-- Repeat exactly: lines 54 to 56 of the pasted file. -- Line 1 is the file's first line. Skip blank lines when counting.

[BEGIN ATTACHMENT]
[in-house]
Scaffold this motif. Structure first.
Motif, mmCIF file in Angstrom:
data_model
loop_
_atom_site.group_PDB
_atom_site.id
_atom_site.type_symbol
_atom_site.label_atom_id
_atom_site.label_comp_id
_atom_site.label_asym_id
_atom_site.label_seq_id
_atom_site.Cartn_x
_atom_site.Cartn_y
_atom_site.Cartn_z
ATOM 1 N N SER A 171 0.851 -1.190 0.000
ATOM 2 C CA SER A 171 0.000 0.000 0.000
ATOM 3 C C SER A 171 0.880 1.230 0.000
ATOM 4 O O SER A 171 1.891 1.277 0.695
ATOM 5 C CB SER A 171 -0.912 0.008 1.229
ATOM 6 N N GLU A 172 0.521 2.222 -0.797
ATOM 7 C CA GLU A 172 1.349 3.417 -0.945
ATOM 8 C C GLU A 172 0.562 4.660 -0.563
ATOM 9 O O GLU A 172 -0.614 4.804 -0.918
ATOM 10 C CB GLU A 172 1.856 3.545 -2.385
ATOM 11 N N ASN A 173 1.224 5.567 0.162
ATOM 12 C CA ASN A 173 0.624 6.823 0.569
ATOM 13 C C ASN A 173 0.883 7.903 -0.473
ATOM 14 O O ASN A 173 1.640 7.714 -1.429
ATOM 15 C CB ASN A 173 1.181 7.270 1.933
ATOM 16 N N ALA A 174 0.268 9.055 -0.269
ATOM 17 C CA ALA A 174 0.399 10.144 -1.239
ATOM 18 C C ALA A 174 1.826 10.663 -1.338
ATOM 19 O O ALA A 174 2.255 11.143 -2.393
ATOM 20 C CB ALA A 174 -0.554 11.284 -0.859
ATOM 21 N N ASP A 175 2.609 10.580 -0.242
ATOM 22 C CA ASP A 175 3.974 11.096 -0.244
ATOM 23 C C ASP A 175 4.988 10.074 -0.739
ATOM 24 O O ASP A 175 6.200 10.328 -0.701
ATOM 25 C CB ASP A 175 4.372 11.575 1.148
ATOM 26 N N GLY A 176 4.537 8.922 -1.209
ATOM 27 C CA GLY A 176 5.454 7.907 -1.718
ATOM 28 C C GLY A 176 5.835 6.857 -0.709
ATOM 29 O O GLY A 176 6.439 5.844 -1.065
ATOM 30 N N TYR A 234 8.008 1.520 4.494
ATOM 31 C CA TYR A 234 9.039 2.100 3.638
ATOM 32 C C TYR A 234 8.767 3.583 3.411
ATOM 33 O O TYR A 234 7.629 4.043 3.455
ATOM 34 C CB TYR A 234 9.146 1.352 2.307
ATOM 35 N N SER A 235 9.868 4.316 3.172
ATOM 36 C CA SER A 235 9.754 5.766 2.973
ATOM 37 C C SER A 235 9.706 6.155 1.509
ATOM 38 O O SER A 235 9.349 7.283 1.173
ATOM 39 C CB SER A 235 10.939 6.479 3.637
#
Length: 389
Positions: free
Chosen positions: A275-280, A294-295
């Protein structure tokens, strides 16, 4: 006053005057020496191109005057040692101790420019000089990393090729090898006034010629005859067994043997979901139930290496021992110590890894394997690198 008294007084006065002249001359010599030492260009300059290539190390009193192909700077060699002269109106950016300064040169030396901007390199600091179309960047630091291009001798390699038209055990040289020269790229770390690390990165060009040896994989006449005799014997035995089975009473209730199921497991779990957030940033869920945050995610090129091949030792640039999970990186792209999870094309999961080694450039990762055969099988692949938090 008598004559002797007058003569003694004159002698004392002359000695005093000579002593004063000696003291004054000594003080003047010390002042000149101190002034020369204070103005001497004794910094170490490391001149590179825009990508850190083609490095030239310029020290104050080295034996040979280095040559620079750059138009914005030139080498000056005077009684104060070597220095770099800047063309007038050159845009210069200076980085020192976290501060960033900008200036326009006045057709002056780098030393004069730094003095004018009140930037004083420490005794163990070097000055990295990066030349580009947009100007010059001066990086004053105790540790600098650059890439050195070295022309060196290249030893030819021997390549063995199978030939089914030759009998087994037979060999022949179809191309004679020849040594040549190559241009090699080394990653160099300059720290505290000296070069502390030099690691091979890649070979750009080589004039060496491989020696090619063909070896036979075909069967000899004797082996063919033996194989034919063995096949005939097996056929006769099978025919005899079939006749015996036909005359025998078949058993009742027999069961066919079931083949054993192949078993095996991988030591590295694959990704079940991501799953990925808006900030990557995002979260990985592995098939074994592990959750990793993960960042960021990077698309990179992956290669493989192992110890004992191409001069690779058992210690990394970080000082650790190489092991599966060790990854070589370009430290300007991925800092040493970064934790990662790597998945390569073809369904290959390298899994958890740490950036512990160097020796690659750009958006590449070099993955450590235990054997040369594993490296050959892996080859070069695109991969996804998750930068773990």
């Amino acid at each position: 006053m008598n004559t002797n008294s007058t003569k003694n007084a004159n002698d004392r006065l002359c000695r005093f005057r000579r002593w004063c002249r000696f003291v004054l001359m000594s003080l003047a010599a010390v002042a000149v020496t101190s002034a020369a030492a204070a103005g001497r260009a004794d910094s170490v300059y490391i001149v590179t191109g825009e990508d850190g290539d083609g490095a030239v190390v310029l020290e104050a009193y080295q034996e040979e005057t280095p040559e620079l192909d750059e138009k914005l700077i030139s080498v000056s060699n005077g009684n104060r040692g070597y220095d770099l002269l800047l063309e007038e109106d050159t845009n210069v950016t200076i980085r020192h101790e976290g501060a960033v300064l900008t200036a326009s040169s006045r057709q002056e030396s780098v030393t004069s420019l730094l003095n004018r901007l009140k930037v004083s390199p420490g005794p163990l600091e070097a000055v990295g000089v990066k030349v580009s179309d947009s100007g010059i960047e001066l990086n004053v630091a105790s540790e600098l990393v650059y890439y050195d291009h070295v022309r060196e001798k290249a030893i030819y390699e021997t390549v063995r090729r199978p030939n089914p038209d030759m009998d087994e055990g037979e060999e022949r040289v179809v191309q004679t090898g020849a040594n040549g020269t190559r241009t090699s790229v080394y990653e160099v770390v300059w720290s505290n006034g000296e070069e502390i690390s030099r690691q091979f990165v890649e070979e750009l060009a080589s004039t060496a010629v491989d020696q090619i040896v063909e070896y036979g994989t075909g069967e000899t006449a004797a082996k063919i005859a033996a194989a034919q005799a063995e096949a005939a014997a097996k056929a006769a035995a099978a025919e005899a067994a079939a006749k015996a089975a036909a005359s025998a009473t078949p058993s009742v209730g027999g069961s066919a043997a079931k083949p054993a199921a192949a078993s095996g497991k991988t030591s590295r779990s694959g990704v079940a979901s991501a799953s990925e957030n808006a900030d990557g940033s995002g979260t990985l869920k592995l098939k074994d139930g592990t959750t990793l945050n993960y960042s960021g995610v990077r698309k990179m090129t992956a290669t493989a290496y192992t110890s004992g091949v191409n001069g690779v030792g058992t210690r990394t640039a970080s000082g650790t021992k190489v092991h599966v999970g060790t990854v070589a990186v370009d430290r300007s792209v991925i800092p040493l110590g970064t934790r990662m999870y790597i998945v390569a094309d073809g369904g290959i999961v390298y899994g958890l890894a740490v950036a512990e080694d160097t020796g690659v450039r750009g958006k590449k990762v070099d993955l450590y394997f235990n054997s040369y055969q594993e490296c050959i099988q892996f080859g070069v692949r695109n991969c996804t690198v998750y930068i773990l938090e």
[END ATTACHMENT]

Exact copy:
ATOM 39 C CB SER A 235 10.939 6.479 3.637
#
Length: 389